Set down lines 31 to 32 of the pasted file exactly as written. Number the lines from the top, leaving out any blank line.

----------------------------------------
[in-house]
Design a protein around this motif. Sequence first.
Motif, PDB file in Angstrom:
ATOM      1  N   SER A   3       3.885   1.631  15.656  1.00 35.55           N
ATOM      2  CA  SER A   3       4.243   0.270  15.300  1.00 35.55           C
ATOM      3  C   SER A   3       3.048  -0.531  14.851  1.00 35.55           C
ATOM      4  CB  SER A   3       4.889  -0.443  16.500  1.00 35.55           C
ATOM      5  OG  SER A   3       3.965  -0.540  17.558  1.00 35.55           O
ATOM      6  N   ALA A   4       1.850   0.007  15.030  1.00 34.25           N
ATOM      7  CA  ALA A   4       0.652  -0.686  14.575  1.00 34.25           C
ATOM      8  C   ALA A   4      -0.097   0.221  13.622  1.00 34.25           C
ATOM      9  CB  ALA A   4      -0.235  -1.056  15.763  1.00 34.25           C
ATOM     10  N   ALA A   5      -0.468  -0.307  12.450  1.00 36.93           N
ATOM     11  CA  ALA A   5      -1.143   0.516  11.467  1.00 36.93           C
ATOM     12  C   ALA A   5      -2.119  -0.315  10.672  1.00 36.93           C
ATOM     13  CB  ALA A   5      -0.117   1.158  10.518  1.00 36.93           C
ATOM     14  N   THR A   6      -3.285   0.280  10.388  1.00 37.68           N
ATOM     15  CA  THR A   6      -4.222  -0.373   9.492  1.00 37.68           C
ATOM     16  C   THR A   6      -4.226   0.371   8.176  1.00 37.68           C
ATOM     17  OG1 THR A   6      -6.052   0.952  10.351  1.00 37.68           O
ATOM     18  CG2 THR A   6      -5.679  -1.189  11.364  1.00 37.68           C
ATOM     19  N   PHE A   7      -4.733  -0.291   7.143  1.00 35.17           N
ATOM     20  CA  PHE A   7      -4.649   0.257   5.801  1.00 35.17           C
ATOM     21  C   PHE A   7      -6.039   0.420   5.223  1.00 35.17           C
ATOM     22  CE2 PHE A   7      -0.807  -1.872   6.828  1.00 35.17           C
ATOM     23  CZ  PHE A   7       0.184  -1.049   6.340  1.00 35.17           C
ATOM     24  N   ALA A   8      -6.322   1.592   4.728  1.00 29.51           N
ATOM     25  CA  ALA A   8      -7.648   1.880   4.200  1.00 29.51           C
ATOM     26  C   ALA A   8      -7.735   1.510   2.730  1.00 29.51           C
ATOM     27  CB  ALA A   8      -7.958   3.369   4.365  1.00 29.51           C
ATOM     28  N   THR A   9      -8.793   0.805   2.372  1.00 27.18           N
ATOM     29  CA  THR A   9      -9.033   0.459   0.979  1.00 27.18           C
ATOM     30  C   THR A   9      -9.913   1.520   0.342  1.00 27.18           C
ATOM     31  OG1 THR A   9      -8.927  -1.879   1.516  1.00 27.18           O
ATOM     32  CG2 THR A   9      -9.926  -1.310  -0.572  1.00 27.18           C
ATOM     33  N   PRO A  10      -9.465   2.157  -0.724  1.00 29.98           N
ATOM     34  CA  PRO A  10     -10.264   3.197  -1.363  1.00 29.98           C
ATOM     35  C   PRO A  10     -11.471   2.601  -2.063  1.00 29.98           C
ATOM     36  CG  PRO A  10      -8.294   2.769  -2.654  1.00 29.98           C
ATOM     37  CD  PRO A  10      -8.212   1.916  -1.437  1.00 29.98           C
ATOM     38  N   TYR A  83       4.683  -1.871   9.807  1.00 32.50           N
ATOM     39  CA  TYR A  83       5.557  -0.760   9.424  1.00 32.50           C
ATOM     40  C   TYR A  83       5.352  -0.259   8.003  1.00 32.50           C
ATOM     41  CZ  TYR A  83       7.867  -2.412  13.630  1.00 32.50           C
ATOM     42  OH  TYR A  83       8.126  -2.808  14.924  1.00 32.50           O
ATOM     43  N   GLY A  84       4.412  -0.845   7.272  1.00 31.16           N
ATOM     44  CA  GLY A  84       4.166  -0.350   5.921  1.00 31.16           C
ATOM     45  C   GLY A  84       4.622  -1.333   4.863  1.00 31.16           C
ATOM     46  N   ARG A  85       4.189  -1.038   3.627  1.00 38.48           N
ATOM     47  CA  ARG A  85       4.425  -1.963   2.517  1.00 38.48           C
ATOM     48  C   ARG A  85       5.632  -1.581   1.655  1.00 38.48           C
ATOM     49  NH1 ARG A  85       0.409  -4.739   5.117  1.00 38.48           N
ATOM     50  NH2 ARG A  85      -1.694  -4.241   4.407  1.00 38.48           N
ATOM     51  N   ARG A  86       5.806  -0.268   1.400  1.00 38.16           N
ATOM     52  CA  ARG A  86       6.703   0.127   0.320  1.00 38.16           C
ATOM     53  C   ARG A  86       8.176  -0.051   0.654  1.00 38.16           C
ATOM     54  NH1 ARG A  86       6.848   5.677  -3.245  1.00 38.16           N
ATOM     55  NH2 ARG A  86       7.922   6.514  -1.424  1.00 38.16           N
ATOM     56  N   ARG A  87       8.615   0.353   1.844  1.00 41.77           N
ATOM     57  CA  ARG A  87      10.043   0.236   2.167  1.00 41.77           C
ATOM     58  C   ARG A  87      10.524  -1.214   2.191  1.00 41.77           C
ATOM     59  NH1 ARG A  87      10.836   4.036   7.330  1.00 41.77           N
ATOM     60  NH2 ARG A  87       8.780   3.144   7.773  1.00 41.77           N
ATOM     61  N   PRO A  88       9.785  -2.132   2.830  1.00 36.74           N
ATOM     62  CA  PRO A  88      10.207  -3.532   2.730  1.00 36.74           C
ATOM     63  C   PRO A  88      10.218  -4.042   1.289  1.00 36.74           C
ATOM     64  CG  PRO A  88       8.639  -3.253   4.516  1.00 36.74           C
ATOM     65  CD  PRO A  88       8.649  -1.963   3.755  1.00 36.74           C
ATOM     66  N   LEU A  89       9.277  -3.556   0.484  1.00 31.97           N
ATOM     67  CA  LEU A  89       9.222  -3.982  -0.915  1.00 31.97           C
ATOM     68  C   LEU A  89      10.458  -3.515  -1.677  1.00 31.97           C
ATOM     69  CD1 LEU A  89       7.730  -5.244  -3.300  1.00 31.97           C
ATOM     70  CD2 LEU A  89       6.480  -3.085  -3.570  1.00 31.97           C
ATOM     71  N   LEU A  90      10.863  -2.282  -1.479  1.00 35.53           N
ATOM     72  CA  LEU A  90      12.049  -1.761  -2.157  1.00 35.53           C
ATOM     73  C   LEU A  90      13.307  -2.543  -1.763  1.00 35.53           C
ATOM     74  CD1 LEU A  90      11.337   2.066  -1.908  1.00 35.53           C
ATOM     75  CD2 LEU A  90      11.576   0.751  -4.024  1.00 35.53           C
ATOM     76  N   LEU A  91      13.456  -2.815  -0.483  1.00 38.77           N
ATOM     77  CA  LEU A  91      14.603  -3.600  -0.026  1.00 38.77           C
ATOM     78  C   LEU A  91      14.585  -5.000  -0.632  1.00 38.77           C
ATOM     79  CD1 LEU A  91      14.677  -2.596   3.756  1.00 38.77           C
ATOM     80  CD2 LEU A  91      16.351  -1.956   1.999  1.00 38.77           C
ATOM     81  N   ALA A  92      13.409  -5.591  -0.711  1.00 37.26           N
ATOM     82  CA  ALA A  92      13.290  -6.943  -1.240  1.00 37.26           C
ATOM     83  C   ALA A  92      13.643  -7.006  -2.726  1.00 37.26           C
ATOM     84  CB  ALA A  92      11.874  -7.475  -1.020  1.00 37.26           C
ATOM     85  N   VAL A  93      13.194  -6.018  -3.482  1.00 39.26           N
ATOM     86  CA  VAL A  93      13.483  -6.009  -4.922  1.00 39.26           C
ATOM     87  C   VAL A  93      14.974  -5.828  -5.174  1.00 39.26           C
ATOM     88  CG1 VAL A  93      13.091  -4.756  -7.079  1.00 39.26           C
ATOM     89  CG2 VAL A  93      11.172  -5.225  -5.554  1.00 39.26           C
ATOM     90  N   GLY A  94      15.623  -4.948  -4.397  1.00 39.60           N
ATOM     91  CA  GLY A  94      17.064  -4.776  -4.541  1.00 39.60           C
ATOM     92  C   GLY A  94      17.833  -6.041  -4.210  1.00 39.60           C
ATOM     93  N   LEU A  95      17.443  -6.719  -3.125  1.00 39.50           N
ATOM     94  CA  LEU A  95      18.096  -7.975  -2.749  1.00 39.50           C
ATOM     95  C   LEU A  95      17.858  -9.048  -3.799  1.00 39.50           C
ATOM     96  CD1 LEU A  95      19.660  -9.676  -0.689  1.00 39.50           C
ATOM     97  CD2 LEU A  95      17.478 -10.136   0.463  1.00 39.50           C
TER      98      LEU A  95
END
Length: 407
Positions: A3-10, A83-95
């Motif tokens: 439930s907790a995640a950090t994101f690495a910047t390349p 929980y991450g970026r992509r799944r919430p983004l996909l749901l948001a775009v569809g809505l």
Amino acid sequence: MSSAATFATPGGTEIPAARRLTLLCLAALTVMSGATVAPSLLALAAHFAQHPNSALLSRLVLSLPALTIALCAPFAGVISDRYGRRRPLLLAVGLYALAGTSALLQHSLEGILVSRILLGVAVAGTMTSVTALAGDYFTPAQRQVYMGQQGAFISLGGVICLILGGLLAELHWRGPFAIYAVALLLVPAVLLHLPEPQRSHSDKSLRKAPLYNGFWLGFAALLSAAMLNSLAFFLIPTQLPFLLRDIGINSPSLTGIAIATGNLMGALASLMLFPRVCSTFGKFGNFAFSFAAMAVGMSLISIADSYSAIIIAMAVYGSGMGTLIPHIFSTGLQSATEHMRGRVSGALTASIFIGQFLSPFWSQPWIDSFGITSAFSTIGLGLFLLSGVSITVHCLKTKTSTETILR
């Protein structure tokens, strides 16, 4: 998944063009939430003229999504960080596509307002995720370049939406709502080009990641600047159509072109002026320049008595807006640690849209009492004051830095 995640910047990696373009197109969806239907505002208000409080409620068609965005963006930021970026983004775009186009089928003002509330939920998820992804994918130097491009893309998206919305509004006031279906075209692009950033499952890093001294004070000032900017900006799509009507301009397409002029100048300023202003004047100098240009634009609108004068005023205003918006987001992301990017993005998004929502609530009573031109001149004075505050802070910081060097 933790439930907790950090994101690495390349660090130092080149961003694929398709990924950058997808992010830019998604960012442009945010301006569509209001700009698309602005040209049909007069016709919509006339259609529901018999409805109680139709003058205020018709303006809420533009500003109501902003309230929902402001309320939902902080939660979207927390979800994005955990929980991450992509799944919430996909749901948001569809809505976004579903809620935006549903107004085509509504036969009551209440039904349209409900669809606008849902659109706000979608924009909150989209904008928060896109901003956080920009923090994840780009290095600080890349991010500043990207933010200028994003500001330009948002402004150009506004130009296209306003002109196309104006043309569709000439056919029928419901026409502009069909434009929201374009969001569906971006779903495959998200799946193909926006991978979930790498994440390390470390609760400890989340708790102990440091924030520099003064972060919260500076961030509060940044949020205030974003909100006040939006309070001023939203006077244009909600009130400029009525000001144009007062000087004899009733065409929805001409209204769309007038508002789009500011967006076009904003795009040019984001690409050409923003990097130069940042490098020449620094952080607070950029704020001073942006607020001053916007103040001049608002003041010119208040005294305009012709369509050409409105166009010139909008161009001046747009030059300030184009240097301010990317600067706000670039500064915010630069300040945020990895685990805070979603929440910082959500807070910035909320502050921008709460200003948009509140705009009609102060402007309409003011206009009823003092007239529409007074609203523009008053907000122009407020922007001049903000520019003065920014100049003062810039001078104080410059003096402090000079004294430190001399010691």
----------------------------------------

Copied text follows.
ATOM     28  N   THR A   9      -8.793   0.805   2.372  1.00 27.18           N
ATOM     29  CA  THR A   9      -9.033   0.459   0.979  1.00 27.18           C